Until, one day, Doc stopped by the general store to pick up some necessities. He noticed a new magazine called Amazing Stories. On inspection, it appeared to be publishing stories about the future. He hastily exhumed the rejected story and sent it off to them, they bought it at once … and a new kind of fiction was born.
Over the years, many another sf writer tried to copy Doc’s style of celebration of not-yet-existent science and super-technology. None really succeeded, perhaps because they were not naïve enough to believe in the stories they were writing. John Campbell, in the years before he turned to editing Astounding/Analog, perhaps came closest, though his attempts, like Doc’s, didn’t seem to concern real, live people. Perhaps what he needed was his own Mrs. Garby.
Of course, the simple concept of Mankind’s vast super-weapons duking it out with other, alien super-weapons all by itself was easier to borrow and there’s plenty of that still around. Fortunately for all of us, because if we didn’t have that what would we watch on television?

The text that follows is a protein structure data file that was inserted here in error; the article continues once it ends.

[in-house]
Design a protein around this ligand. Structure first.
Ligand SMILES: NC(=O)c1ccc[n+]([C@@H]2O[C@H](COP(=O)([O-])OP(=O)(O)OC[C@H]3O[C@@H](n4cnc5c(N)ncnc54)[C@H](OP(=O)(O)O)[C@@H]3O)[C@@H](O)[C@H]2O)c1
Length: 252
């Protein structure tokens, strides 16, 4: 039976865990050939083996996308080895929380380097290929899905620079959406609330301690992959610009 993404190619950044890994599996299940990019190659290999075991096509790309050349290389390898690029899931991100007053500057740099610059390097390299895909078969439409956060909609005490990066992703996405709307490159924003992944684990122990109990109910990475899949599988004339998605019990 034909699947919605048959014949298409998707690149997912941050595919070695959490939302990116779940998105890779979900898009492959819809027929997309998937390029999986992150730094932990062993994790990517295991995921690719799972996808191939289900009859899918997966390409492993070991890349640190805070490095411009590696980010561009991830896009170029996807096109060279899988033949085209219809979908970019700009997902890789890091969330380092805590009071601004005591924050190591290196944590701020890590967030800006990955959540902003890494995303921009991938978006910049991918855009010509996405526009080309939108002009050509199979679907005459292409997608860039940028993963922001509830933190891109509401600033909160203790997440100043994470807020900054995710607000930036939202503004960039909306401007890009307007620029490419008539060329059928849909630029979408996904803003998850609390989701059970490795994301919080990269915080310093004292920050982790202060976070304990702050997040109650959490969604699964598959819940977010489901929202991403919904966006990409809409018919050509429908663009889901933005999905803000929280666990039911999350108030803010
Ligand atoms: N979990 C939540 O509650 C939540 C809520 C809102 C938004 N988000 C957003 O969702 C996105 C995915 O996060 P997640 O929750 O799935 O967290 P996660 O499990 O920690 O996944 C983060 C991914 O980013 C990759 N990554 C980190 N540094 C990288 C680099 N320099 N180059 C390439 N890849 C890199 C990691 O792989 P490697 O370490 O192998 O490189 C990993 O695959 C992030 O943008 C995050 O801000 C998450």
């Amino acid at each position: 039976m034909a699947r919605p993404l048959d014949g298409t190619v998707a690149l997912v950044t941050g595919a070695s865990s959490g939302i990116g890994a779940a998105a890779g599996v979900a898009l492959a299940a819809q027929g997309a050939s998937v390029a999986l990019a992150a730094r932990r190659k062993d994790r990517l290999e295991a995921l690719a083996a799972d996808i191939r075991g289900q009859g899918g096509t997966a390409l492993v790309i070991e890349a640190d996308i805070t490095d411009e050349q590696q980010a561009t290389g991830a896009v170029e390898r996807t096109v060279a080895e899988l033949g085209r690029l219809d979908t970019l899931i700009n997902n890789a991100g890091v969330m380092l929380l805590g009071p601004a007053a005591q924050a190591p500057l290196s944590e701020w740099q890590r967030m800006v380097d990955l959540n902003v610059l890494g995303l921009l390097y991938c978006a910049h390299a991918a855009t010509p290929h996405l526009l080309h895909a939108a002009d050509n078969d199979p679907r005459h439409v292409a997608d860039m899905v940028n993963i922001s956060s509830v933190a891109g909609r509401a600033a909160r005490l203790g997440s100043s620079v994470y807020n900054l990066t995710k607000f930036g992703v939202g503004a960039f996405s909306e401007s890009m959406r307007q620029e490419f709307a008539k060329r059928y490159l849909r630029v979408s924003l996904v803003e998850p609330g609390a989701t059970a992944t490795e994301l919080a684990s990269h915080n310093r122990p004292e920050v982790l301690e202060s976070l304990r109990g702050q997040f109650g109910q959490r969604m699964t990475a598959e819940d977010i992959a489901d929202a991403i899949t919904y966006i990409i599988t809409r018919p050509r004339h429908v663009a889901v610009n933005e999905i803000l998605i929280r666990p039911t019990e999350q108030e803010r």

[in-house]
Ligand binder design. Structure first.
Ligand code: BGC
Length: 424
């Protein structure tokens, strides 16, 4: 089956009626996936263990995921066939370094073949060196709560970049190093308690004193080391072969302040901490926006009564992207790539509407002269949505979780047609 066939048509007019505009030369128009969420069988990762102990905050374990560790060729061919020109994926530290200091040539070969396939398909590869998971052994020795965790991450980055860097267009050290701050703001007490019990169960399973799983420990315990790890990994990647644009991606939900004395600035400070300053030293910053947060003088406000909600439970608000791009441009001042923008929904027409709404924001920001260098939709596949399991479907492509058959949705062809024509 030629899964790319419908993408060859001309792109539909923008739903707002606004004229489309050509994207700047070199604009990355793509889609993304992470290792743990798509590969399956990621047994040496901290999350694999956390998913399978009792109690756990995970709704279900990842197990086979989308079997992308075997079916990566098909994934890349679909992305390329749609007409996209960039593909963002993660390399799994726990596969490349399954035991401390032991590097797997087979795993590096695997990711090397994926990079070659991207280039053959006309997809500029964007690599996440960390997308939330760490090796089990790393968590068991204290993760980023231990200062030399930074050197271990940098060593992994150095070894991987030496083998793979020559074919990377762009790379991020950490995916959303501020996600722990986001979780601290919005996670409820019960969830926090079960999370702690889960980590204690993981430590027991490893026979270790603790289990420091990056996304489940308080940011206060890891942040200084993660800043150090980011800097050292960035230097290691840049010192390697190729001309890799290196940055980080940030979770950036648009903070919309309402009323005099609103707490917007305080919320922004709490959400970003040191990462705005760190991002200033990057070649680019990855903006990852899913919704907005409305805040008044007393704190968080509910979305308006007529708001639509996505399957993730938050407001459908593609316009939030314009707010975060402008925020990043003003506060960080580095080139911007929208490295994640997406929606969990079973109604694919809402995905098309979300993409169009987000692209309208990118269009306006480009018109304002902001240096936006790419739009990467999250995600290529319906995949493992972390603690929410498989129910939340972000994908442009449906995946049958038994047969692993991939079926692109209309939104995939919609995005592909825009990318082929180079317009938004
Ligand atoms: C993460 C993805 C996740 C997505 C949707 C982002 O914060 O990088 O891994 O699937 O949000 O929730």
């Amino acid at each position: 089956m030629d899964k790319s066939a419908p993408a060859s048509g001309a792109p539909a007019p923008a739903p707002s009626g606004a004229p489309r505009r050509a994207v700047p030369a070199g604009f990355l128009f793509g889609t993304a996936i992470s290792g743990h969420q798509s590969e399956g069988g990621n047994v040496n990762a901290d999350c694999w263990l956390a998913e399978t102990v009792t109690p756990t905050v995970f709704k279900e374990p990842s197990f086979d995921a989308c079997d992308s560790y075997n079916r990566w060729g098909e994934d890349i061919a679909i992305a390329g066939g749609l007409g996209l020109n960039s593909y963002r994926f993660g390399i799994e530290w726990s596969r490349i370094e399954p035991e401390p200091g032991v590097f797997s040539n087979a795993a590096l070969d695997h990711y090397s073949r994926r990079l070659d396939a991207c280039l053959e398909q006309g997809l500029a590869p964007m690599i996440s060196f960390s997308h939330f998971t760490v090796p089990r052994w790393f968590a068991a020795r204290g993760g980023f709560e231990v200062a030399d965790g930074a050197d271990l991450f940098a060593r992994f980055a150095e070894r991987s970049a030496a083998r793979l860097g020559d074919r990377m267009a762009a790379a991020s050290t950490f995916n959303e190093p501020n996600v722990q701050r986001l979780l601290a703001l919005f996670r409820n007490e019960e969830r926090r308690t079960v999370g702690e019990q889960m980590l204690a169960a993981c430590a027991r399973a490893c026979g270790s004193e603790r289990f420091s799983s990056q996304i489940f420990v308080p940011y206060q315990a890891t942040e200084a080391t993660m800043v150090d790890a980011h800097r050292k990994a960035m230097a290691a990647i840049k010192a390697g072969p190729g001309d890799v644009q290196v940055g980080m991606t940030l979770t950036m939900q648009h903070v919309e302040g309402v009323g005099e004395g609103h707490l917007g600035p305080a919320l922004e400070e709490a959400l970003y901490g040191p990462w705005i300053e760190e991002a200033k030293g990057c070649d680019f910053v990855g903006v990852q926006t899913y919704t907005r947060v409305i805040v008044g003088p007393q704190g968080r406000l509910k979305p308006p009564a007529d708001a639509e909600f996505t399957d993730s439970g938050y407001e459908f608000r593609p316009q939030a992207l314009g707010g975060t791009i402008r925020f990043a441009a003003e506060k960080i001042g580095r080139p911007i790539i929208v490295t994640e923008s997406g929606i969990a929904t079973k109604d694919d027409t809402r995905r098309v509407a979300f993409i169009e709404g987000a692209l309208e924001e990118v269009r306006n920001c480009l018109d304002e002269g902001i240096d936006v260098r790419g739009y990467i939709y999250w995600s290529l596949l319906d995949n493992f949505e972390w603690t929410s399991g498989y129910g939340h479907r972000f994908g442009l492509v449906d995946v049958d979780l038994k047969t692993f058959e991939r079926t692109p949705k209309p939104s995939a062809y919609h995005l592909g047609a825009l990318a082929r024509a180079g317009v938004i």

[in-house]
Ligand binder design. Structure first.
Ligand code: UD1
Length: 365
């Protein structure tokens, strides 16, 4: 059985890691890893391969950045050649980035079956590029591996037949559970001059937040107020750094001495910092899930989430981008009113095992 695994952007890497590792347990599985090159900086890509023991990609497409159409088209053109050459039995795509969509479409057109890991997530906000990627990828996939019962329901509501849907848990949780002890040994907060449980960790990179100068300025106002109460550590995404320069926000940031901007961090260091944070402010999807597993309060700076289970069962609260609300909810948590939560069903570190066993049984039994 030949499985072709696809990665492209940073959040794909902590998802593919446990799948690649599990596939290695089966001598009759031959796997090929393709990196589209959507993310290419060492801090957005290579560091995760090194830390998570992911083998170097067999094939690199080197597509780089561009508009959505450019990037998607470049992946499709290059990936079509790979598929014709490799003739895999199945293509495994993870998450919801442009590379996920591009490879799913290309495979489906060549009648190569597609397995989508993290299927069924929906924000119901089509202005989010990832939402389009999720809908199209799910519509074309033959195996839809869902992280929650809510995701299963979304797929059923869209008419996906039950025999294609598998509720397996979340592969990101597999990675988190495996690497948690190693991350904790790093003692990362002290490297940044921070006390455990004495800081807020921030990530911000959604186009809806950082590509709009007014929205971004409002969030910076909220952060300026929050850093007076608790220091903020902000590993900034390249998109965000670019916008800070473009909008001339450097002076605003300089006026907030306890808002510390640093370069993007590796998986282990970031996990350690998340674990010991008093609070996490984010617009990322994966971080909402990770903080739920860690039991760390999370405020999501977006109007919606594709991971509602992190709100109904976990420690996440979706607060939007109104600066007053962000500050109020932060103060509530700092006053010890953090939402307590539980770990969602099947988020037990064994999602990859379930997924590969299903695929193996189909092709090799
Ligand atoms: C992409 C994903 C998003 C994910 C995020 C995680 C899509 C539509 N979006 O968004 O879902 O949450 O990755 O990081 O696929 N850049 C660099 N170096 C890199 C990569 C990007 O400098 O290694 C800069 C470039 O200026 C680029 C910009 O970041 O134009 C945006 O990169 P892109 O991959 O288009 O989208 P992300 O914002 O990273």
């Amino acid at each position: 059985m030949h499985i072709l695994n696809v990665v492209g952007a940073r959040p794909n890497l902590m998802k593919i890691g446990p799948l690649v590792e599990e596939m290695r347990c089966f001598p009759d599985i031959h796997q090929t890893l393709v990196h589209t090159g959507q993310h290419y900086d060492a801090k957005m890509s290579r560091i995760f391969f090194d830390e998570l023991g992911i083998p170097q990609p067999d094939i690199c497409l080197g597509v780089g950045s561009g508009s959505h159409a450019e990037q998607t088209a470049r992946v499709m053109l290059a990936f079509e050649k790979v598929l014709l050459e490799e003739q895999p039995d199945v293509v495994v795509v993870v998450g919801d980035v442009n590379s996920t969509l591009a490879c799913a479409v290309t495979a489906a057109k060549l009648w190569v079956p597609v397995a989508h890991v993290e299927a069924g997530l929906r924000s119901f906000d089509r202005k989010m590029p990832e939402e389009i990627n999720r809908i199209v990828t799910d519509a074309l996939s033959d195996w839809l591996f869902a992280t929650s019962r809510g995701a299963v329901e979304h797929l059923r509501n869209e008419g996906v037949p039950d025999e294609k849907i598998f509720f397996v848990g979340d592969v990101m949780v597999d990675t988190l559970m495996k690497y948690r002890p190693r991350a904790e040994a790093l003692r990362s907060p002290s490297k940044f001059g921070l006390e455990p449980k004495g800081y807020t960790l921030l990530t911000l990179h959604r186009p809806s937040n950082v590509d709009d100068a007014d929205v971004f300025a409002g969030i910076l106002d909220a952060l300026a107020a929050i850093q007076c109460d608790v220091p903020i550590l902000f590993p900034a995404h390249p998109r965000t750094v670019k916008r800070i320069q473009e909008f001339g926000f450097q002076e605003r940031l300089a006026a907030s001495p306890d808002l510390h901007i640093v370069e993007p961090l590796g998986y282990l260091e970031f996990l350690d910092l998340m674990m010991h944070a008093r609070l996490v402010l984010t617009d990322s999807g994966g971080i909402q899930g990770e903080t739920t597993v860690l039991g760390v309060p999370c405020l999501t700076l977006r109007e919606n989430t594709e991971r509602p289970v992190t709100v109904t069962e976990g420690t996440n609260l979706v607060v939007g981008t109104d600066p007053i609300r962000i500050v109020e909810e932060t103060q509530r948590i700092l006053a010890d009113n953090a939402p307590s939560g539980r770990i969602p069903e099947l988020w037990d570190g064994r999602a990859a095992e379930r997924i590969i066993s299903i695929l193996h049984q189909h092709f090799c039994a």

Doc’s doctorate was in chemistry. His particular specialty was in food chemistry, with particular attention to the chemistry of the doughnut, but wheaten edibles of all kinds were within his purview.
I know this because Doc’s wonderful daughter, Verna Smith Trestrail, with her nearly as wonderful husband, Albert, became good friends with Betty Anne and me. How good? Well, when the Trestrails complained that we always stayed at a Holiday Inn instead of at their house when we drove to central Indiana for our once-a-summer visit with them, and we said it was because the Holiday Inn had a pool, what did they do? Why, they put in a pool for the next summer.
Albert’s special claim to our affection came in several parts. One was that he had built in his basement the finest privately owned model railroad layout I have ever seen, complete with a lake, a steel mill and tracks for four or five trains at a time. Another was his history. He and Verna had met when he was her high-school teacher. Albert was very proper with his student, but as soon as Verna was 18, he swept her off her feet and married her before she could get away. Not that either of them ever regretted it. They had as perfect a marriage as any couple I have ever known until Verna died and Albert followed.